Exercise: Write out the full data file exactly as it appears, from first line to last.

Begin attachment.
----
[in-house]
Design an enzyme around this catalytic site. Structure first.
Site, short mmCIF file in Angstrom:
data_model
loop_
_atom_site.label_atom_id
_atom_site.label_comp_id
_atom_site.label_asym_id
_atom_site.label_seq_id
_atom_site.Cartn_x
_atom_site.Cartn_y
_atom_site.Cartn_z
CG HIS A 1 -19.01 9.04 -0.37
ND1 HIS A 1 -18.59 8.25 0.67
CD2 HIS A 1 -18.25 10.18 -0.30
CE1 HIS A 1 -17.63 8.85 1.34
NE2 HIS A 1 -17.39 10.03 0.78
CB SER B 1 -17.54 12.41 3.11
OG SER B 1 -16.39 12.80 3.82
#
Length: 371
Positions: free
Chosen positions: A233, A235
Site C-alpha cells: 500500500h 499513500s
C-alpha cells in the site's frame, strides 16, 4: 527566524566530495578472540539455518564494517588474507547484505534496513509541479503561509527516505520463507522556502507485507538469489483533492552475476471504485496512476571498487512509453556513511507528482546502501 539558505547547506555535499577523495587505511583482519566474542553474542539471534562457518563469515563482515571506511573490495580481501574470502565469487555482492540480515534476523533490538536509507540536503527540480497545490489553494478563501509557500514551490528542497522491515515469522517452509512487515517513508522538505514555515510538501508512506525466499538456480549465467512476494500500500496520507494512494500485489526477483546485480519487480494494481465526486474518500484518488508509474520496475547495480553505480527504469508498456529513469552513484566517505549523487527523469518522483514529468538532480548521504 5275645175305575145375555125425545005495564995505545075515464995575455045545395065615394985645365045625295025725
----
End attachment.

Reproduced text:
[in-house]
Design an enzyme around this catalytic site. Structure first.
Site, short mmCIF file in Angstrom:
data_model
loop_
_atom_site.label_atom_id
_atom_site.label_comp_id
_atom_site.label_asym_id
_atom_site.label_seq_id
_atom_site.Cartn_x
_atom_site.Cartn_y
_atom_site.Cartn_z
CG HIS A 1 -19.01 9.04 -0.37
ND1 HIS A 1 -18.59 8.25 0.67
CD2 HIS A 1 -18.25 10.18 -0.30
CE1 HIS A 1 -17.63 8.85 1.34
NE2 HIS A 1 -17.39 10.03 0.78
CB SER B 1 -17.54 12.41 3.11
OG SER B 1 -16.39 12.80 3.82
#
Length: 371
Positions: free
Chosen positions: A233, A235
Site C-alpha cells: 500500500h 499513500s
C-alpha cells in the site's frame, strides 16, 4: 527566524566530495578472540539455518564494517588474507547484505534496513509541479503561509527516505520463507522556502507485507538469489483533492552475476471504485496512476571498487512509453556513511507528482546502501 539558505547547506555535499577523495587505511583482519566474542553474542539471534562457518563469515563482515571506511573490495580481501574470502565469487555482492540480515534476523533490538536509507540536503527540480497545490489553494478563501509557500514551490528542497522491515515469522517452509512487515517513508522538505514555515510538501508512506525466499538456480549465467512476494500500500496520507494512494500485489526477483546485480519487480494494481465526486474518500484518488508509474520496475547495480553505480527504469508498456529513469552513484566517505549523487527523469518522483514529468538532480548521504 5275645175305575145375555125425545005495564995505545075515464995575455045545395065615394985645365045625295025725